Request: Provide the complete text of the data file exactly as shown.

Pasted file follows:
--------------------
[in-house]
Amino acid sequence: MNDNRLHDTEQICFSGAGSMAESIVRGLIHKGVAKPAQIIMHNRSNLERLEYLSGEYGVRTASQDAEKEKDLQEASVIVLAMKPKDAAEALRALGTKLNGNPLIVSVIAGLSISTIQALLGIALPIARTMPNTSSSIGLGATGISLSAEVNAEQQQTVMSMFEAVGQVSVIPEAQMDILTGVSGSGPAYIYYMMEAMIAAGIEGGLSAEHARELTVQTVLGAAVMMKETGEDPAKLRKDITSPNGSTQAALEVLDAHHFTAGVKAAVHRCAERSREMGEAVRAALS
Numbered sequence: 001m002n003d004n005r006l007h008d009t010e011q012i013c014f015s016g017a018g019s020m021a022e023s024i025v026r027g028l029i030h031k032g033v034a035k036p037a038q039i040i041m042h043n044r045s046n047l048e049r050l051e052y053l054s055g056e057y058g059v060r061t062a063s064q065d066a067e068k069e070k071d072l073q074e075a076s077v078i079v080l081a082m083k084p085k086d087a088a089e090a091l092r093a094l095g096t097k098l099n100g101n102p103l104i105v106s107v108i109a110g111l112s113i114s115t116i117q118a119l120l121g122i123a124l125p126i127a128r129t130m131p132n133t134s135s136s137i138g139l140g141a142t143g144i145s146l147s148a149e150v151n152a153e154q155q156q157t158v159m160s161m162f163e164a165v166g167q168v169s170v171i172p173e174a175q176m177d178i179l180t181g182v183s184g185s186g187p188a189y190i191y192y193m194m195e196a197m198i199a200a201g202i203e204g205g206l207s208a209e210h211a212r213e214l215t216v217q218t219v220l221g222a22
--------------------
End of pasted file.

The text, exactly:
[in-house]
Amino acid sequence: MNDNRLHDTEQICFSGAGSMAESIVRGLIHKGVAKPAQIIMHNRSNLERLEYLSGEYGVRTASQDAEKEKDLQEASVIVLAMKPKDAAEALRALGTKLNGNPLIVSVIAGLSISTIQALLGIALPIARTMPNTSSSIGLGATGISLSAEVNAEQQQTVMSMFEAVGQVSVIPEAQMDILTGVSGSGPAYIYYMMEAMIAAGIEGGLSAEHARELTVQTVLGAAVMMKETGEDPAKLRKDITSPNGSTQAALEVLDAHHFTAGVKAAVHRCAERSREMGEAVRAALS
Numbered sequence: 001m002n003d004n005r006l007h008d009t010e011q012i013c014f015s016g017a018g019s020m021a022e023s024i025v026r027g028l029i030h031k032g033v034a035k036p037a038q039i040i041m042h043n044r045s046n047l048e049r050l051e052y053l054s055g056e057y058g059v060r061t062a063s064q065d066a067e068k069e070k071d072l073q074e075a076s077v078i079v080l081a082m083k084p085k086d087a088a089e090a091l092r093a094l095g096t097k098l099n100g101n102p103l104i105v106s107v108i109a110g111l112s113i114s115t116i117q118a119l120l121g122i123a124l125p126i127a128r129t130m131p132n133t134s135s136s137i138g139l140g141a142t143g144i145s146l147s148a149e150v151n152a153e154q155q156q157t158v159m160s161m162f163e164a165v166g167q168v169s170v171i172p173e174a175q176m177d178i179l180t181g182v183s184g185s186g187p188a189y190i191y192y193m194m195e196a197m198i199a200a201g202i203e204g205g206l207s208a209e210h211a212r213e214l215t216v217q218t219v220l221g222a22